Copernicus gets a new grave

Nicolaus Copernicus, whose heliocentric views helped shake up modern astronomy, has been interred in an ornate new grave in the Polish Cathedral where he was once a canon and where he had previously lain in an unmarked grave.

The remains of the astronomer, who lived from 1473 to 1543, had been identified through DNA testing using strands of hair found in some of his books in Sweden. His seminal work, On the Revolutions of the Heavenly Spheres, was published shortly before his death at age 70 on the 21st of May 1543. It was banned by the Catholic Church in 1616 and removed from the list of banned books in 1835. The decision to ban the work was criticised as overzealous during the lavish Catholic funeral service yesterday, May 22nd.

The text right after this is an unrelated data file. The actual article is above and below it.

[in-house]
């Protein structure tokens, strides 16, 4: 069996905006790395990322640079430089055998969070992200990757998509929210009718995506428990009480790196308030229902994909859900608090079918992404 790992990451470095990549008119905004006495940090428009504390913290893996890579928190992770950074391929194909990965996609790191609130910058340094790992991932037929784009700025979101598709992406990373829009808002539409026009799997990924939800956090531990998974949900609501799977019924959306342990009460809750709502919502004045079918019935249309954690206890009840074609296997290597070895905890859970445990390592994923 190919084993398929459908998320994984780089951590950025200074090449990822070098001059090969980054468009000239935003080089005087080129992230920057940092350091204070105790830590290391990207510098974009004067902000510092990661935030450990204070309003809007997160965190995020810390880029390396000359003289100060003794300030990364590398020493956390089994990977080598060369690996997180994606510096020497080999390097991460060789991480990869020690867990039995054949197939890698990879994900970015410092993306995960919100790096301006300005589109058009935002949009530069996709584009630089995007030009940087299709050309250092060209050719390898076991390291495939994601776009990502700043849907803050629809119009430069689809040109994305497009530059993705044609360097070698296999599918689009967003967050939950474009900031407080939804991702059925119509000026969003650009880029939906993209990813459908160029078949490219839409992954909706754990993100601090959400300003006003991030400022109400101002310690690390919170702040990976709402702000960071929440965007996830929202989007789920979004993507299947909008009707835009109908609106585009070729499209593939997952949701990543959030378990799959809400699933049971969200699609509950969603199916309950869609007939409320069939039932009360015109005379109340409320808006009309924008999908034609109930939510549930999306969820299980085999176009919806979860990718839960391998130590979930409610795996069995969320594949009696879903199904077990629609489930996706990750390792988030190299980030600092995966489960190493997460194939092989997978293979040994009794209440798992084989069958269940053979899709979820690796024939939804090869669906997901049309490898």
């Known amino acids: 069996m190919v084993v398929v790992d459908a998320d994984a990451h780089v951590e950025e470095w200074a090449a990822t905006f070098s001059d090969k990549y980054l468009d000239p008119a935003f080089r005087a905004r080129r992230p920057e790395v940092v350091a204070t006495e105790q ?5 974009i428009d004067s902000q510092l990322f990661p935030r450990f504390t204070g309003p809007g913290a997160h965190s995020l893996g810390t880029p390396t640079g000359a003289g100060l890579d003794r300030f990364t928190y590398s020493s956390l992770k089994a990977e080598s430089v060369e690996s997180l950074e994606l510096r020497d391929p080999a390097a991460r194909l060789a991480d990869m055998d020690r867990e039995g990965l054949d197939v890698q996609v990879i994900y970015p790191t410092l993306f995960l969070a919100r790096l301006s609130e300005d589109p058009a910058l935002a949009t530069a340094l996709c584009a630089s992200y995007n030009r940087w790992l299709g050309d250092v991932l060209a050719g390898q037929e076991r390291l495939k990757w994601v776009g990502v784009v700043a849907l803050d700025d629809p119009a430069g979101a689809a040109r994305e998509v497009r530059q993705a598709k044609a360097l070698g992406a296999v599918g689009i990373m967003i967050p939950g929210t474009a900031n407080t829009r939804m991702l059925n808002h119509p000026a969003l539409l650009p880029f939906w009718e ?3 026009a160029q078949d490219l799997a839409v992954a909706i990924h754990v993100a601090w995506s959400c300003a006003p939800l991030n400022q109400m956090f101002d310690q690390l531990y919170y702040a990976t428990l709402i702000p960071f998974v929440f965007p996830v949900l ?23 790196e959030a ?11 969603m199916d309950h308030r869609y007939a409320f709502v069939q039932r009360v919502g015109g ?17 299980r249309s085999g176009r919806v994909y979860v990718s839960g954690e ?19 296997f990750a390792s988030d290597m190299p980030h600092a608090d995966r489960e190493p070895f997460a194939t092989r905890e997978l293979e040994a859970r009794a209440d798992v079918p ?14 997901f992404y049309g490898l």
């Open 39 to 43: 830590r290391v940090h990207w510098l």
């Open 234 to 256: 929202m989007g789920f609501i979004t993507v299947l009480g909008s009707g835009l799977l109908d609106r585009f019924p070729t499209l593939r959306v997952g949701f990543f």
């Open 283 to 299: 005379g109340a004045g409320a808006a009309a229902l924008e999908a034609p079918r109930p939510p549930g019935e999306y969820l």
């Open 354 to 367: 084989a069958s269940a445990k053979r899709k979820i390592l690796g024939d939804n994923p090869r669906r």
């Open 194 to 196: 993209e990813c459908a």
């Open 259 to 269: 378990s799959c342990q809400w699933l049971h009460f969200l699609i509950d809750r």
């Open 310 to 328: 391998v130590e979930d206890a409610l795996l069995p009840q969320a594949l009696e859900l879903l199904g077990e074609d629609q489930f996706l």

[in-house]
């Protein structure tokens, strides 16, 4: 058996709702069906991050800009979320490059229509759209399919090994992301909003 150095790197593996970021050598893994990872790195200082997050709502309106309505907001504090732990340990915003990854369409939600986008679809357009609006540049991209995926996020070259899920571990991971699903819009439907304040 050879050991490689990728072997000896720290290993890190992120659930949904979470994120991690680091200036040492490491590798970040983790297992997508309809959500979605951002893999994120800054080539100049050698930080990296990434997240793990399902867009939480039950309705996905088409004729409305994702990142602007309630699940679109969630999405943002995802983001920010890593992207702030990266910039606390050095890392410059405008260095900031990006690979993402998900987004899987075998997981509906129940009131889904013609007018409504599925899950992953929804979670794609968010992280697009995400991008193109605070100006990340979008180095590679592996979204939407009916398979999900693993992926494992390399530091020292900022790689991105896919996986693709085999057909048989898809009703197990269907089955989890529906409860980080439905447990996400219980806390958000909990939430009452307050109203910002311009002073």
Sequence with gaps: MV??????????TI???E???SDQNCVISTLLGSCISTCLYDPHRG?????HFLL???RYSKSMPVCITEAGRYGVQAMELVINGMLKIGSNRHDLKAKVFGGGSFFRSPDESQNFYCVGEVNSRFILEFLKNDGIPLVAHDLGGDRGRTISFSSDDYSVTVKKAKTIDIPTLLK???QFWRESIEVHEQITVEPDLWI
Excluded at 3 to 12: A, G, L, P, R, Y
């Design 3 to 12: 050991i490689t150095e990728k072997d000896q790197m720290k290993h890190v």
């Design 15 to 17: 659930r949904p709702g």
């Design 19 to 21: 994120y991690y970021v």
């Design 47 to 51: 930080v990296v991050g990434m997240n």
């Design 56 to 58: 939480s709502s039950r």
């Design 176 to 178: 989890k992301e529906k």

He has been reburied in the main body of the Cathedral of Frombork under a black granite tombstone describing him as the creator of heliocentrism and decorated with a golden sun encircled by six planets.


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